From Fixed to Floating–The Fall of the Bretton Woods System

4 min read

On every dollar, the US government used to print “Redeemable in gold on demand from the US Treasury,” a statement of confidence that the US certifies its liabilities in gold. Nowadays, a dollar can only be redeemed for another dollar from the government–pretty confusing. While the current dollar is not backed by anything, from 1959 to 1973, gold backed the dollar. In the gold exchange standard, the world’s governments attempted to preserve stable exchange rates–often at the expense of domestic economic growth. Ultimately, the adjustments to governments’ economies and political effects were too costly, and the Bretton Woods system collapsed…...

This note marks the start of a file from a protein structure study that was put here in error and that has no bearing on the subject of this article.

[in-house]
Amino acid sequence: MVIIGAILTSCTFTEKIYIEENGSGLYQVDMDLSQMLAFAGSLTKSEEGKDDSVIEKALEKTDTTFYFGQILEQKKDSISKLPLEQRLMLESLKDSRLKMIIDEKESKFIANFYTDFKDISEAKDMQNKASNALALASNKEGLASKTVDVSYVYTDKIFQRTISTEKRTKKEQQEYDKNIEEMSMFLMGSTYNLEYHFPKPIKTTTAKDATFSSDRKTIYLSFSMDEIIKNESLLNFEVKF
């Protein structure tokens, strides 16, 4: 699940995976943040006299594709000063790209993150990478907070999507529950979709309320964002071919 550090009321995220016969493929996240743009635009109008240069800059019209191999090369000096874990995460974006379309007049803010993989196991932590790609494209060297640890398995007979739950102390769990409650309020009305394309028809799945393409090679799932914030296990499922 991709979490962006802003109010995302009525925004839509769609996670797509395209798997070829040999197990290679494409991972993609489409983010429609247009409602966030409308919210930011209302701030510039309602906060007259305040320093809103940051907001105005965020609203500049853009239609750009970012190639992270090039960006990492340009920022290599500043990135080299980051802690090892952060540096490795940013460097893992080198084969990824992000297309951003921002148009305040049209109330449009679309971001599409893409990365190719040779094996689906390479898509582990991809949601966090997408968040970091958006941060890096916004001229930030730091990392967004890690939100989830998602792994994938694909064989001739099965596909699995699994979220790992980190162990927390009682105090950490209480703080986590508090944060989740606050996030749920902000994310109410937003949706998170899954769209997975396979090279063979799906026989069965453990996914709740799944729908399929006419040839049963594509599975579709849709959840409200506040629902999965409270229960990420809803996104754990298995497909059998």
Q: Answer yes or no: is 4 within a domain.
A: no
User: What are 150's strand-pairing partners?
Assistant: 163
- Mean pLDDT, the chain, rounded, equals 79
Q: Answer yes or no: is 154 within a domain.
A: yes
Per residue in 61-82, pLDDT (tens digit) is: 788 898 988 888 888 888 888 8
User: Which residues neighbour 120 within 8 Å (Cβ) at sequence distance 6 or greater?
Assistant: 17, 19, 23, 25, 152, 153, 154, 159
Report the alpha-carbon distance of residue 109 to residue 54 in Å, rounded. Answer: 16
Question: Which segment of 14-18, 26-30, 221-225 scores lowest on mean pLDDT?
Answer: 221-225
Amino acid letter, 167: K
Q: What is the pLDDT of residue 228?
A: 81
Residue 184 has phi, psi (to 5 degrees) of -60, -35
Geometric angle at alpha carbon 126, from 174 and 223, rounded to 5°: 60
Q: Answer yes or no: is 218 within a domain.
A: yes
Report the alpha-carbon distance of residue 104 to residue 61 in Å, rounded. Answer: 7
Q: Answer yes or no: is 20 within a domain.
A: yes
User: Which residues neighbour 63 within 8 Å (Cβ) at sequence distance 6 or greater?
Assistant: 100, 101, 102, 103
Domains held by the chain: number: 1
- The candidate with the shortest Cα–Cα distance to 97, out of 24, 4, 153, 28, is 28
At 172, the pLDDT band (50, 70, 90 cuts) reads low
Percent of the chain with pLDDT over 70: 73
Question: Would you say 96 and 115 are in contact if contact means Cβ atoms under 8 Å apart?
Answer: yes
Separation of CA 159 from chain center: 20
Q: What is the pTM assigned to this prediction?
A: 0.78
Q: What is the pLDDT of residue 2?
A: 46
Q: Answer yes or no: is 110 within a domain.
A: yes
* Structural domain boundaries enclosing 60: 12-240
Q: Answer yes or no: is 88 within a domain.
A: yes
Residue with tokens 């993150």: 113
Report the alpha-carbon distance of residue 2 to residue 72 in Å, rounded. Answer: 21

This article is free to read

Login to read the full article


By subscribing to our main site, you will also be subscribed to DDIntel - our regular letter showcasing our featured articles and applications.

Evan Juarez Evan Juarez is a student at the Leonard N. Stern School of Business at New York University, where he studies finance and politics. He writes about exciting times in financial and economic history, which he believes must be comprehensively understood to analyze the present.